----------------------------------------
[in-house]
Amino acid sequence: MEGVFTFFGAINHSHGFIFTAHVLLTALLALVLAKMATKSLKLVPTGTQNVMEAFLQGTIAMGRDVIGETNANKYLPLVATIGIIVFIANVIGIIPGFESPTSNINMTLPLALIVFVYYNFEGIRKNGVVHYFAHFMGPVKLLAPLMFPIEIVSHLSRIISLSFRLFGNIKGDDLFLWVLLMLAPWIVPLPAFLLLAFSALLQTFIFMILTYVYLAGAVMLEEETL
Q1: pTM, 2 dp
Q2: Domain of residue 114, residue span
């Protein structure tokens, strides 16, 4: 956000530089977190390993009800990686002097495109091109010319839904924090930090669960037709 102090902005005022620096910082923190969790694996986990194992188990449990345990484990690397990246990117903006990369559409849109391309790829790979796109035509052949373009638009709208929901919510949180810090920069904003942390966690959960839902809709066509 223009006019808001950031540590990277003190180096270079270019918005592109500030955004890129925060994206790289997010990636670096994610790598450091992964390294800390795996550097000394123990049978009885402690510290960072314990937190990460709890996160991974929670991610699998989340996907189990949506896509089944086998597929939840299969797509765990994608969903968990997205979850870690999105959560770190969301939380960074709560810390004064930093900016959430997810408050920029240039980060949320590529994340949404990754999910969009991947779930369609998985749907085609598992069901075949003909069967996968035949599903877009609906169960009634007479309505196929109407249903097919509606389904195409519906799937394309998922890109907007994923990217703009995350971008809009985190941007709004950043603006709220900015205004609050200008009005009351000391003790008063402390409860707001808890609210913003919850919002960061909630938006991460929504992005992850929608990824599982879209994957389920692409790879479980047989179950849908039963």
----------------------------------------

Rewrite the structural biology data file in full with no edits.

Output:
[in-house]
Amino acid sequence: MEGVFTFFGAINHSHGFIFTAHVLLTALLALVLAKMATKSLKLVPTGTQNVMEAFLQGTIAMGRDVIGETNANKYLPLVATIGIIVFIANVIGIIPGFESPTSNINMTLPLALIVFVYYNFEGIRKNGVVHYFAHFMGPVKLLAPLMFPIEIVSHLSRIISLSFRLFGNIKGDDLFLWVLLMLAPWIVPLPAFLLLAFSALLQTFIFMILTYVYLAGAVMLEEETL
Q1: pTM, 2 dp
Q2: Domain of residue 114, residue span
């Protein structure tokens, strides 16, 4: 956000530089977190390993009800990686002097495109091109010319839904924090930090669960037709 102090902005005022620096910082923190969790694996986990194992188990449990345990484990690397990246990117903006990369559409849109391309790829790979796109035509052949373009638009709208929901919510949180810090920069904003942390966690959960839902809709066509 223009006019808001950031540590990277003190180096270079270019918005592109500030955004890129925060994206790289997010990636670096994610790598450091992964390294800390795996550097000394123990049978009885402690510290960072314990937190990460709890996160991974929670991610699998989340996907189990949506896509089944086998597929939840299969797509765990994608969903968990997205979850870690999105959560770190969301939380960074709560810390004064930093900016959430997810408050920029240039980060949320590529994340949404990754999910969009991947779930369609998985749907085609598992069901075949003909069967996968035949599903877009609906169960009634007479309505196929109407249903097919509606389904195409519906799937394309998922890109907007994923990217703009995350971008809009985190941007709004950043603006709220900015205004609050200008009005009351000391003790008063402390409860707001808890609210913003919850919002960061909630938006991460929504992005992850929608990824599982879209994957389920692409790879479980047989179950849908039963």